". . . little shall I grace my cause

In speaking for myself. Yet, by your gracious patience,

I will a round unvarnish'd tale deliver . . ."

(William Shakespeare's Othello, I.iii.88-90)

Thursday, April 9, 2009

The Great Three Days

Today begins the Triduum, the three days leading up to Easter and comprised of Maundy Thursday, Good Friday, and the Easter Vigil (or as I learned to call it in my Roman Catholic days, Holy Saturday). I love this time of the church year not only for the obvious reason--its centrality to my Christian faith--but also for some more selfish reasons. At least in our family, it is a celebration that comes without a lot of worldly trappings and temptations. There are no cards to send, no shopping to do, no decorations to put up, no presents to wrap, and no holiday parties to attend. Oh, we do try to have a special Easter dinner, but if finances allow we go out to do it. And we do leave a gift for each of our children to find on Easter morning. But it's modest compared to what they receive at Christmas, and it doesn't come from the Easter bunny. I have thought in the past about sending out Easter cards--isn't Easter, after all, THE culmination of God's promise to His children? If ever there were a day to celebrate by sending cards to Christian friends, it seems this is it. But I have never really seriously considered it, especially since I do well to get the Christmas cards done each year. And while I might try to find something special with which to adorn the table or entry way of our home--maybe setting out some fresh cut flowers or spring-themed knick-knacks, for example--that's the extent of my Easter decorating (if I even do that).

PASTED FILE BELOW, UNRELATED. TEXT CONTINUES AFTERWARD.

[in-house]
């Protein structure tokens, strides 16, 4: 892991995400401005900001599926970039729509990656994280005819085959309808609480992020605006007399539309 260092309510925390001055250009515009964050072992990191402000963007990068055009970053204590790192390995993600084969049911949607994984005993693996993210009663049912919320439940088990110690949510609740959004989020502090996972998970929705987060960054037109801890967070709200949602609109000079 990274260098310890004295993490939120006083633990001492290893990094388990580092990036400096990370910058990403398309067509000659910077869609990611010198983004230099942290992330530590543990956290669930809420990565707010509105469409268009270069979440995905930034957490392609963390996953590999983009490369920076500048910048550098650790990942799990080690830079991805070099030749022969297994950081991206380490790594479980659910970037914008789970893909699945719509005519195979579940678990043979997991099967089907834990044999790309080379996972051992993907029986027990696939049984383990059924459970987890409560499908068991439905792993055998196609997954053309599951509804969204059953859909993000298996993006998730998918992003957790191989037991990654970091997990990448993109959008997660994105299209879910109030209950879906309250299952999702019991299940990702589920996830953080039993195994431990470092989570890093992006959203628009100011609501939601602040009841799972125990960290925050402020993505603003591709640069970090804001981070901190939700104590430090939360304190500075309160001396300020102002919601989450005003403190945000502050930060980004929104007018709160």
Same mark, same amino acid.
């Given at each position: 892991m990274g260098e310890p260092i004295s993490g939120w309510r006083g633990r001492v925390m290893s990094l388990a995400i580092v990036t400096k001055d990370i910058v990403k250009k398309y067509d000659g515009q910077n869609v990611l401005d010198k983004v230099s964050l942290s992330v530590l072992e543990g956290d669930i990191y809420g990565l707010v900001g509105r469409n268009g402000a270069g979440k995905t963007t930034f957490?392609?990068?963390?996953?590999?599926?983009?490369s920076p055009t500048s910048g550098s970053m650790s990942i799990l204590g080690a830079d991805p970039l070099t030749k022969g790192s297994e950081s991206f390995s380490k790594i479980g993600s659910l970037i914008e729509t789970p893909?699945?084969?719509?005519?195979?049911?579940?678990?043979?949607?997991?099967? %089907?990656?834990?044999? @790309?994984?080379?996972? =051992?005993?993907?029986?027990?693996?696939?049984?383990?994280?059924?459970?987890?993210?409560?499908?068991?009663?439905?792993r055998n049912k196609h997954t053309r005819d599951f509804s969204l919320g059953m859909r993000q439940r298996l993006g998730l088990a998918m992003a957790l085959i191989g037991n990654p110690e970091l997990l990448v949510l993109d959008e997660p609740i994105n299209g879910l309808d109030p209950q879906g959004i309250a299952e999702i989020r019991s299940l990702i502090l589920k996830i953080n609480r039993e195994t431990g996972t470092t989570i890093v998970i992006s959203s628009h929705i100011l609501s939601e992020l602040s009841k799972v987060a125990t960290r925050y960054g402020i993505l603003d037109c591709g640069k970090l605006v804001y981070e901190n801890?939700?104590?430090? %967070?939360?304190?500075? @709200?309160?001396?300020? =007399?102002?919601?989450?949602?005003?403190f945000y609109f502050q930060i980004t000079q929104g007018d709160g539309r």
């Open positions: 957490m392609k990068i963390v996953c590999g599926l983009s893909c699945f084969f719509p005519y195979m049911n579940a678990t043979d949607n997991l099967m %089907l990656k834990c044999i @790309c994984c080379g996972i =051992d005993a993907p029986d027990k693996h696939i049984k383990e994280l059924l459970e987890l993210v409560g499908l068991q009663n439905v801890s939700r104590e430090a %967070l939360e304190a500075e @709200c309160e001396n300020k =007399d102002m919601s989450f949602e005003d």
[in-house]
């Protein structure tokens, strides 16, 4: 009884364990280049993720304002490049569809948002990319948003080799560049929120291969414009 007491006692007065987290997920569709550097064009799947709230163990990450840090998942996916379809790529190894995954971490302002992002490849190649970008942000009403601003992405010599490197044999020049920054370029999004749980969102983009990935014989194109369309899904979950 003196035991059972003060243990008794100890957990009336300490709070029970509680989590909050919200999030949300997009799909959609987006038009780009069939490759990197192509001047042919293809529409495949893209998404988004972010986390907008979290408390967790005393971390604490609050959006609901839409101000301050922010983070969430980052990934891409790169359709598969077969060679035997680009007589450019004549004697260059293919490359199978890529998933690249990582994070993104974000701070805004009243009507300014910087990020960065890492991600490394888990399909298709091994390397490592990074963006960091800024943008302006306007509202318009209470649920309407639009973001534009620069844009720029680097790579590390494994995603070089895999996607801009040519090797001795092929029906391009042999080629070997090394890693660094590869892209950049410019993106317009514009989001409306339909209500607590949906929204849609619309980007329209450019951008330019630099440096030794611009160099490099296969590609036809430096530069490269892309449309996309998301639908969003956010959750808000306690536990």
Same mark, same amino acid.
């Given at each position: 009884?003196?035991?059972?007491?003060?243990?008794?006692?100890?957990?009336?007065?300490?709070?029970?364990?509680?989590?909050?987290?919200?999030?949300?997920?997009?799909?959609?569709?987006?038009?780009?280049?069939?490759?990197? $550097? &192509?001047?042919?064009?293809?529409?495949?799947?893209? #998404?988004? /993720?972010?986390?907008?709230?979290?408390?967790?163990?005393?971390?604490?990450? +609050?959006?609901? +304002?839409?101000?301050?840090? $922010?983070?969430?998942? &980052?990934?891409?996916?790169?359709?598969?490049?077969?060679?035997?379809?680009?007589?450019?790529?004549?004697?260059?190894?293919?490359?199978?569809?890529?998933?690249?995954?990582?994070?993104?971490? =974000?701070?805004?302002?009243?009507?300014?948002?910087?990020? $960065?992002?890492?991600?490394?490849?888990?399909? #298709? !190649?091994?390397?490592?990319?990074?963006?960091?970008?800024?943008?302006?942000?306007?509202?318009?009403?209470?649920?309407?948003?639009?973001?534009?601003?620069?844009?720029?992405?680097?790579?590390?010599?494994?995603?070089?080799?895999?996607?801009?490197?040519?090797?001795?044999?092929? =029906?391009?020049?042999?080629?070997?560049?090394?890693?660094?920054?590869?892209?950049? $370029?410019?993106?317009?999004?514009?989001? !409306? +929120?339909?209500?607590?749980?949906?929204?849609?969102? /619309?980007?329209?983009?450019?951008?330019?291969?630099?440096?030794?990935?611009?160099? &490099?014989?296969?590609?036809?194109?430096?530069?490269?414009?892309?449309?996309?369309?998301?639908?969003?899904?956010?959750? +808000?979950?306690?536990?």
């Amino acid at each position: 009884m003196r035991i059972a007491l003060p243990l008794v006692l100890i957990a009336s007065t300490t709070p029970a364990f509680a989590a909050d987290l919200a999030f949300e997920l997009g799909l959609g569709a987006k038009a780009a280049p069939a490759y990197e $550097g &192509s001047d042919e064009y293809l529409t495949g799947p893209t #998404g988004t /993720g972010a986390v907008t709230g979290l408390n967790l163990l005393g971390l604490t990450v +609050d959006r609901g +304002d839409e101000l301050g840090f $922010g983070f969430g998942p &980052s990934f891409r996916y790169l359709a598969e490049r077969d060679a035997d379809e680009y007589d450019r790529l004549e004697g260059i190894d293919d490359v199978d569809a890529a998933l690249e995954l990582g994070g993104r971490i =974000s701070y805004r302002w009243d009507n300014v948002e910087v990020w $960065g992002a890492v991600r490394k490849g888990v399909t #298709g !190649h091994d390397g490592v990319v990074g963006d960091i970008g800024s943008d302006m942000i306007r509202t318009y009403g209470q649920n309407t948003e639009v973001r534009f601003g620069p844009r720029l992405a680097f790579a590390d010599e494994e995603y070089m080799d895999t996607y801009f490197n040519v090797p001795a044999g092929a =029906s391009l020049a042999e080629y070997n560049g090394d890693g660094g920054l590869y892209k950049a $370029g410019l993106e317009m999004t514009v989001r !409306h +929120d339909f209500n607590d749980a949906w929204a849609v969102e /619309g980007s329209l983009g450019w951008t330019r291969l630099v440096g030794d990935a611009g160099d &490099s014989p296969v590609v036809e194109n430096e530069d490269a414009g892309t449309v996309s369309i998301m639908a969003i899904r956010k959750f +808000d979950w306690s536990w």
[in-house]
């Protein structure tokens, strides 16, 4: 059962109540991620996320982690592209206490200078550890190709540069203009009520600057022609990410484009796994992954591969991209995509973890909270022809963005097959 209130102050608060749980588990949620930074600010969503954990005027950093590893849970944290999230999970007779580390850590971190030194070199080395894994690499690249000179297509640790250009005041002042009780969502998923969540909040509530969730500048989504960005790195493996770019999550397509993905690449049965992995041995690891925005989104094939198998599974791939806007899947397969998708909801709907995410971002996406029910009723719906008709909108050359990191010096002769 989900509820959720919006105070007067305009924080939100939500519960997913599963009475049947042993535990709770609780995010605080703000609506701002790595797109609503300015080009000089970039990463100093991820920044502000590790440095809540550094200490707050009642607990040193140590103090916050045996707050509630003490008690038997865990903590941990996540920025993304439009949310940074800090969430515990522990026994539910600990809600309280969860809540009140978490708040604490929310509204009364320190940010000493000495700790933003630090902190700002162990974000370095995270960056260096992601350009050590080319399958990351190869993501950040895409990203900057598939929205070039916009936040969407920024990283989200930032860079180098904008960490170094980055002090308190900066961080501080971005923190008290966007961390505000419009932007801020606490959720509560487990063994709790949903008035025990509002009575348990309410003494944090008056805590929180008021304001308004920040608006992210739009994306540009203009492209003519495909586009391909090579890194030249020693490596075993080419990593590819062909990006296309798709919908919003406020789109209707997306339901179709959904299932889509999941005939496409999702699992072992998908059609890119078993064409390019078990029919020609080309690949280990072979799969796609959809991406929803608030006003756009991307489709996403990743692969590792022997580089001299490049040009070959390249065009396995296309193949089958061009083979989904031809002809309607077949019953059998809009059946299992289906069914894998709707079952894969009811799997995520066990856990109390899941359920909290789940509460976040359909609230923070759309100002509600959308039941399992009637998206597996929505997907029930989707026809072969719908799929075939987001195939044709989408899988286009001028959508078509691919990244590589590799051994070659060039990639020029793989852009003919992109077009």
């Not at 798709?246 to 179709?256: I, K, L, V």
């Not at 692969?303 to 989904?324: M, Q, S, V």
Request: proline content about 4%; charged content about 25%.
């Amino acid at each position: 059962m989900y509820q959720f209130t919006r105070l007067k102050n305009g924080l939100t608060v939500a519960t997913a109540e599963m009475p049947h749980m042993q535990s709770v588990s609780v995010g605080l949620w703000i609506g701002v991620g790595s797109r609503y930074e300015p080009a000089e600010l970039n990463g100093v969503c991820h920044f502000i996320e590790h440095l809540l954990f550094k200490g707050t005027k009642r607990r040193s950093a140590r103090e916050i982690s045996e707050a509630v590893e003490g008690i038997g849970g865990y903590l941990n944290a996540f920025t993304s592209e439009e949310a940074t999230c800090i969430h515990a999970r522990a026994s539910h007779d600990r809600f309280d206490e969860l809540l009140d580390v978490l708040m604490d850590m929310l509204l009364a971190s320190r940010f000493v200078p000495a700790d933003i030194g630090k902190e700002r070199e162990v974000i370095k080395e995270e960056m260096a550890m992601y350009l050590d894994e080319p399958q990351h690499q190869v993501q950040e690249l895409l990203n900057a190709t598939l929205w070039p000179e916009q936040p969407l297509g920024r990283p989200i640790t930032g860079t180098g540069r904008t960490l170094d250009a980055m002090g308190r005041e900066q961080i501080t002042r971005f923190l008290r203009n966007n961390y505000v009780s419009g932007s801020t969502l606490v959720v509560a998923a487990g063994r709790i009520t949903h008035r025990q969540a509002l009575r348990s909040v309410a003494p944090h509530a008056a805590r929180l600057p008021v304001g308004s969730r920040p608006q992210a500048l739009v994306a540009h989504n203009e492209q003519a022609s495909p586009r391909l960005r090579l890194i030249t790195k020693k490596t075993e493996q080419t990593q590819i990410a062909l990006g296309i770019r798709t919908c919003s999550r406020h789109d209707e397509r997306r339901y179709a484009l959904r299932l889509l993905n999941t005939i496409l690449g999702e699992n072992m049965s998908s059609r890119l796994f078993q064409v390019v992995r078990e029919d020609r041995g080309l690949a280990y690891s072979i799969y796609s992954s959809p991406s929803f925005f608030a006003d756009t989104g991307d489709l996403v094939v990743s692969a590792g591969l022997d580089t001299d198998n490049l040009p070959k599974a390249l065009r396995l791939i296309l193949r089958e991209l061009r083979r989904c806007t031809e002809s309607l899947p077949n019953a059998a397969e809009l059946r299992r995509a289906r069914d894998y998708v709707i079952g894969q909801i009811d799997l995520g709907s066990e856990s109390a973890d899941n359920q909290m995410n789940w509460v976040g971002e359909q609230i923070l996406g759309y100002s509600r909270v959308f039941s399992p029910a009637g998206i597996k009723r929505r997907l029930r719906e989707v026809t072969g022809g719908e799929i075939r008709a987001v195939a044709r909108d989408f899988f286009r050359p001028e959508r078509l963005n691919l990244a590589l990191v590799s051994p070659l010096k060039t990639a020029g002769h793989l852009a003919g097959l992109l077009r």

So instead of getting caught up in the trappings, as I am wont to do at Christmas, and instead of getting stressed out as a result of all those trappings, I find myself going into the Great Three Days with a sense of calm and focus. I can call off school and not feel guilty about it. Even with the increased rehearsals and services that make heavy demands on this family of musicians, today I feel not that life is accelerating beyond my control but that it is slowing down, allowing me time to reflect and pray. For the next three days everything else will fade into the background while the central focus of each day is the evening worship service that will once again relate the greatest love story ever told.

I plan over the next three days to post some musical excerpts from the Triduum services at my parish. I hope you'll stop back by.

"My song is love unknown,
My Savior's love to me,
Love to the loveless shown
That they might lovely be.
Oh, who am I
That for my sake
My Lord should take
Frail flesh and die.
Here might I stay and sing,
No story so divine!
Never was love, dear King,
Never was grief like Thine.
This is my friend,
In whose sweet praise
I all my days
Could gladly spend!"

("My Song Is Love Unknown," Stanzas 1 & 7, Lutheran Service Book 430)

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